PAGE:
Practice for Quiz 3, for Wednesday Feb 3 starting at 12:30pm to the end of class.
Assignment 2, Due Wednesday February 10 at start of class. Solutions,
Practice for Quiz 4, for Monday Feb 22 starting at 12:20pm to 12:45pm. We must finish early for the next class.
Sample Midterm, We will be aiming for 70-30 split computation vs theory on the midterm. The final exam split will be more like 60-40.
Solutions to our midterm
Assignment 3, Due Wednesday March 9 at start of class. Solutions,
Practice for Quiz 5, for Wednesday March 16 starting at 12:25pm to 12:45pm.
Assignment 4, Due Wednesday March 23 at start of class. . Solutions,
Assignment 5, Due Friday April 1 at start of class. Solutions,
Supplementary Course Notes.
Aviation fuel blending problem (handout only)
Obtaining Standard Inequality form
Our first pivoting example
An unbounded example (a slide show)
Pivots preserve the set of solutions a direct proof. We will also appeal to the linear algebra proof from the Revised Simple Formulas.
Degenerate Pivots and why not to fear them.
Chvatal`s example of cycling which has the virtue of being an exact computation in binary. No numerical errors can result.
An example of infeasibility and our Magic Coefficients.
Overview of Simplex two phase method.
Our main Linear Programming Theorems
Revised Simplex Formulas Try on an example. The ordering of the columns of B (and rows of the inverse of B will be important.
Proof of Strong Duality and Complementary Slackness as well as our Marginal Values interpretation of the dual.
A Theorem of the Alternative . There are many variations that you will see.
Example of Revised Simplex with the standard simplex dictionaries displayed.
Eta matrices examples
Proof of Blands Rule
Sensitivity analysis example of Trucking firm from lectures.
A sensitivity analysis example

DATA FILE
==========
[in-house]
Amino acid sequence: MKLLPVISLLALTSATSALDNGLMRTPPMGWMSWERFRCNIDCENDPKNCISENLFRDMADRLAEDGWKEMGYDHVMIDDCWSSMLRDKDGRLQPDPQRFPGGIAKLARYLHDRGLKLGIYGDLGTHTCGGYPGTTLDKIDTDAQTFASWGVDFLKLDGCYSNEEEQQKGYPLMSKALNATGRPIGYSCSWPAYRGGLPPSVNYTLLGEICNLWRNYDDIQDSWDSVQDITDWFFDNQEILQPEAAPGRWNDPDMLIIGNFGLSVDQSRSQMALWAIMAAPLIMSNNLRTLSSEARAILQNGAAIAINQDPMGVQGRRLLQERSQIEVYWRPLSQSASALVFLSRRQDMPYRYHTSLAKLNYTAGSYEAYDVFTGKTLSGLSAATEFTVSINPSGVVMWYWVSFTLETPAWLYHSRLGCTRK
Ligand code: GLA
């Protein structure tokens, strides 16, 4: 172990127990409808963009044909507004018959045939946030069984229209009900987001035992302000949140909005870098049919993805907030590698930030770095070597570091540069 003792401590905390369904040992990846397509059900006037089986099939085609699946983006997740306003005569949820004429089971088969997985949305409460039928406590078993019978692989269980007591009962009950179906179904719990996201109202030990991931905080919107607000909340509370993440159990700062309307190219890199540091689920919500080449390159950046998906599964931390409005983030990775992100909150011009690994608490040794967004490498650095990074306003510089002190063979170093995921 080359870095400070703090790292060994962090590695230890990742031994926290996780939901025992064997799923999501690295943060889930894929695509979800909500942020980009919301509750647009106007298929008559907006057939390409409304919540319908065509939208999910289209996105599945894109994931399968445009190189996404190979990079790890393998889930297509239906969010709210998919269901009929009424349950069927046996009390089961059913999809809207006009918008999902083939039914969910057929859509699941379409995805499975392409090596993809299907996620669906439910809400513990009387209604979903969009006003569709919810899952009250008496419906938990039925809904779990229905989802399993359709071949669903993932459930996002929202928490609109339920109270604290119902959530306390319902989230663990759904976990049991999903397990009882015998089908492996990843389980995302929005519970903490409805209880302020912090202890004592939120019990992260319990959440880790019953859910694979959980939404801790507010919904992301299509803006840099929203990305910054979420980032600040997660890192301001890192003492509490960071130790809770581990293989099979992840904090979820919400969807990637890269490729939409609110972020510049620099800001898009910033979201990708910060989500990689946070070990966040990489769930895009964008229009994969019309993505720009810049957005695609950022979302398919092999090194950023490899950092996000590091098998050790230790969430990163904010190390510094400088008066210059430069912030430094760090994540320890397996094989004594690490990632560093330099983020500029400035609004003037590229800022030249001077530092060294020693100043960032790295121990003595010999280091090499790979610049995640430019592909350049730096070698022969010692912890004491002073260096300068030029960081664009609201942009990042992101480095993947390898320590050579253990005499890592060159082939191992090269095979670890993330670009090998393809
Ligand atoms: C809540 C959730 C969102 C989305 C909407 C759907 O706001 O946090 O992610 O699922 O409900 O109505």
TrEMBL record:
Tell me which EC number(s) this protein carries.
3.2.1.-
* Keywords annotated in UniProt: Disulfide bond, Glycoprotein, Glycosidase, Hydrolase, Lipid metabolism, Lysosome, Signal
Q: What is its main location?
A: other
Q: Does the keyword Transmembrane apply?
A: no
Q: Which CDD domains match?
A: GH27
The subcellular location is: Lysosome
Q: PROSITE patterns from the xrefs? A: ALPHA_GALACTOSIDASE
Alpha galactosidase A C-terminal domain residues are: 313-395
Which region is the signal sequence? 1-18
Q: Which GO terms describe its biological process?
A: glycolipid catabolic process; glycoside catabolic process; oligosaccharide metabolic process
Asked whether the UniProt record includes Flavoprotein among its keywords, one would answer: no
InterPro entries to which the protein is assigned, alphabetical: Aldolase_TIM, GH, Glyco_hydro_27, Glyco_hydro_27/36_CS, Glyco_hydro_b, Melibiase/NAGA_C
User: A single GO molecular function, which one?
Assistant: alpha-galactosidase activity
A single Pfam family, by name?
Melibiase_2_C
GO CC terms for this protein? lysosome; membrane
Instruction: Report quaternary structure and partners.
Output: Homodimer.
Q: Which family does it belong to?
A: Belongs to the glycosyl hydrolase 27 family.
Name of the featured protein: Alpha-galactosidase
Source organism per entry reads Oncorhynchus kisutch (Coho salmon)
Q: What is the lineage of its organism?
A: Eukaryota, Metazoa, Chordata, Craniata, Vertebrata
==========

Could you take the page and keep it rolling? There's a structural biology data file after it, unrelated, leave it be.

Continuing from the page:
An example of the dual simplex method which is shows the dual in unbounded (towards negative infinity) and so the primal is infeasible.
An outline of Game Theory of our two person zero sum games.
Cones in LP and a different perspective on optimality.
Karush-Kuhn-Tucker Conditions This topic wonÕt be on the final.
Branch and Bound example solving an integer programming problem using idea of adding constraints.
Matrix multiplication This has a refresher on matrix multiplication. Matrices and matrix multiplication figure prominently in this course and should be reviewed. The examples are for 2x2 and 3x3 matrices but can generalize to multiplying pxq and qxr matrices. Change of basis is the key concept we use from your Linear Algebra class.
You can find copies of
old MATH 340 exams here.
December 2010 Final Exam
December 2011 Final Exam
Alexis Guigue alerted me to this interesting contest being run in France. It is a type of Operations Research/Probablility that may interest you.
Sensor Network Problem.
The following are some LINDO files the first from a problem in the text.
New Forest problem
z +2x2-3x3 <0
z -3x2+4x3 <0
z +2x2-3x3 +2x6-3x7 <0
z-2x1 +3x4 -2x6+3x7 <0
z+3x1 -4x4+3x5 -4x8<0
z -3x2+4x3 -3x5 +4x8<0
x1 +x2 +x3 +x4 +x5+x6 +x7+x8=1